So the comparison with the National Party is apt, despite being somewhat of an exaggeration. Divisive, check. Defended charges of corruption by asserting that “they do it too”, check.

                    At least he wasn’t a warmonger.

                  • northshoredoc

                    Thanks for that I’ve had a read of the policy.

                    🙄

        • Ed 2.1.1.2

          http://www.nzherald.co.nz/politics/news/article.cfm?c_id=280&objectid=11514519

          Simplistic arguments sometimes miss the point. National is of course center-right – they are “centre” over important issues like the flag and gay marriage, they are “hard-right” over small thinks like economic policy – so “center-right” (american spelling deliberate) must be a reasonable description – right, TLS?

          • The lost sheep 2.1.1.2.1

            As i think you are implying, the degree of Right or Leftness of our major political Parties tends to vary policy by policy.
            NZ Labour and National are both Centrist Parties by any world standard I would have thought?

            By the way, the article by ex UK Labour MP Bryan Gould contains a fine example of that assumption Corbyn represents that groundswell of general change that the Left so wants to see….
            “His appeal to the voters is the best evidence so far that the “free-market” hegemony that has held us all – and not least Labour politicians – in thrall for so long is now on the wane.

            As discussed, if Corbyn is the ‘best evidence’ of a ‘wane’, then the other evidence coming through is not showing much support for that contention at this point.

    • millsy 2.2

      It’s still early days yet.

      However, Corbyn needs to just occupy the crease and build a decent innings. Its going to be hard on a green pitch and humid condition, with half your batting partners wanting to run you out, and Osborne/Cameron lobbing down unplayable deliveries, but Corbyn cannot afford any while swinging or crazy shots right now.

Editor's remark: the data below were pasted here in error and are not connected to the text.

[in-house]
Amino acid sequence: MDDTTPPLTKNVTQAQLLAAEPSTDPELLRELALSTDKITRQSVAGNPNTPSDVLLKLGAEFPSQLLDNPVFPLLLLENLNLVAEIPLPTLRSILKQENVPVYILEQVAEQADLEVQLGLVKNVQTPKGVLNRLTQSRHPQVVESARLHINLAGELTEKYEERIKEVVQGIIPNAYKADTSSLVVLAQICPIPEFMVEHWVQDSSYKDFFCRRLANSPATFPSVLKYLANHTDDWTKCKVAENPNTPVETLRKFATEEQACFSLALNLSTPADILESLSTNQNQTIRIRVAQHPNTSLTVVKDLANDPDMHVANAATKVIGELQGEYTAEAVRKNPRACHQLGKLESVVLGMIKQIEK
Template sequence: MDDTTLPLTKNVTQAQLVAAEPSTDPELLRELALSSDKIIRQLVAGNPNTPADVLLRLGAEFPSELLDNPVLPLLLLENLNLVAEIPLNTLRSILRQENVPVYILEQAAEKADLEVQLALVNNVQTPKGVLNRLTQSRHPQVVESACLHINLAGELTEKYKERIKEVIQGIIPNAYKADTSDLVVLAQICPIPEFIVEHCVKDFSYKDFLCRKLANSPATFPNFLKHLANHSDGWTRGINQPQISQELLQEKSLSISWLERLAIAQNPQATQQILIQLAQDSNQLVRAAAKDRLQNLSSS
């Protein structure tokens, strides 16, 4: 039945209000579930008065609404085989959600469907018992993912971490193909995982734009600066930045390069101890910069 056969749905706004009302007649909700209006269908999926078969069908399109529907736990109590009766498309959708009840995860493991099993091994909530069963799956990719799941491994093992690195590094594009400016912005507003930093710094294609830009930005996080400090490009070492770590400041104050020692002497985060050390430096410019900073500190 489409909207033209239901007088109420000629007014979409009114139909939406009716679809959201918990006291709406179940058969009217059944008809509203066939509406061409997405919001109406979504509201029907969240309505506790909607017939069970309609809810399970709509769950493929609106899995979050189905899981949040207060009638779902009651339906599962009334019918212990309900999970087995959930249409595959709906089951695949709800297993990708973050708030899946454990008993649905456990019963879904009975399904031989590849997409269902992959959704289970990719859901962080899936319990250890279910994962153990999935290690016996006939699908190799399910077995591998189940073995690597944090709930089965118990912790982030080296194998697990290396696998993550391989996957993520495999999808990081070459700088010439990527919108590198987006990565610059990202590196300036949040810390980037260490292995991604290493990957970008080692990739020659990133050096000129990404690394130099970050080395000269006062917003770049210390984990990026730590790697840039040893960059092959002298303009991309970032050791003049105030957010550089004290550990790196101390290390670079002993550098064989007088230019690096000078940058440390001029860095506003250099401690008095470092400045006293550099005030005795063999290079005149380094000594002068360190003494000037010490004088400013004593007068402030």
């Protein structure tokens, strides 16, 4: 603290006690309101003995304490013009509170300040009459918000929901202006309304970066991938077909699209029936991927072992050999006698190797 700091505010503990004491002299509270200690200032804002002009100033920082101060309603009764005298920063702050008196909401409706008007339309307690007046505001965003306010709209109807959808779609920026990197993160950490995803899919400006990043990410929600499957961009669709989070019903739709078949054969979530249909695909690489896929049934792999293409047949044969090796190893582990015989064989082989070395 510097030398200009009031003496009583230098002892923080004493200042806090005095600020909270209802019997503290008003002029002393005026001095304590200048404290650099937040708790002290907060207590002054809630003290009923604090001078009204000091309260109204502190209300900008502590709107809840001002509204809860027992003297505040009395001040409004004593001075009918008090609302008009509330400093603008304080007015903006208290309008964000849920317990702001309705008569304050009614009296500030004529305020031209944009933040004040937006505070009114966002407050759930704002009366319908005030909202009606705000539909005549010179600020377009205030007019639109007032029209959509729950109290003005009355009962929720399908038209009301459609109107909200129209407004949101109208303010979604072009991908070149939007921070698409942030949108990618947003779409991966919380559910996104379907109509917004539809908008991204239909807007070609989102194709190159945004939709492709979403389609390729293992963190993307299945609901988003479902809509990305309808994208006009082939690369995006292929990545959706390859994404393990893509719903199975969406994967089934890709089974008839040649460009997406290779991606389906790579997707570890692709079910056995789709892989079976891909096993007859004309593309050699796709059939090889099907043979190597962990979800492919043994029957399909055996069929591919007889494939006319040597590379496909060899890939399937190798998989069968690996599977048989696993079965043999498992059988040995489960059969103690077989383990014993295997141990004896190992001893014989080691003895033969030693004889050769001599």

He did a few wild swings in the first over, but he has settled down for the moment.

      Its going to be a fascinating match though.

    • swordfish 2.3

      Corbyn has certainly had a rocky first few days. The organisation of his leadership campaign is almost universally acknowledged to have been brilliant, the same can’t be said for his first week as leader.

      But given the shitstorm of smears and ridicule that he’s had to put up with on a daily basis from the British political and media establishment over the last 10 weeks, the real surprise in this YouGov Poll is that defence is the only issue where an absolute majority perceive him negatively. The numbers aint good, but they could have been a damn sight worse.

      The worry is that first impressions (created by this unprecedented shitstorm of media / elite abuse) will last. The Tories (and New Labour Grandees) have sought to shape and define his image early on and it could be hard to shift.

    • The Chairman 2.4

      Lost sheep

      The poll relates to trust.

      Yet, his policies are very popular amongst the wider public. Therefore, the enthusiasm is there.

  3. Gangnam Style 3

    https://secure.avaaz.org/en/petition/The_Hon_Amy_Adams_Minister_of_Justice_Save_the_Dunedin_Courthouse/?ayQSgcb

    I know Amy Adams is hardly going to care about this but would be good to get the 3000 signatures none the less. Thank you. It’s a beautiful building if you don’t know it, Dunedin is lucky to have it still.

    • Bearded Git 3.1

      Signed. Couldn’t believe Amy Adams attitude to this-refusing to release details of the costings so the local council could check them.

      Not a vote winner for the philistine Nats. Labour and the Greens should commit to saving the courthouse.

  4. Gael 4

    So we received the national party “view seeking” full colour glossy mustve cost a fortune survey in the post this week…. asking what issues I care about and what my political affiliation is….yueech. In parliamentary service envelopes with freepost return post also on the taxpayer …. not fair they should at minimum pay for their own postage to do their greasy pre election poll research. Very icky getting personally addressed mail from nats asking you who you vote (“support”) for.. yuck.

  5. rhinocrates 5

    For all the right wingers in or associated with Labour (yes you Goff, Robertson, Mumblefuck, Pagani) disingenuously claiming that they have to pursue the mirage of “the centre”, research in the UK hows that Labour becomes more popular the further left it moves.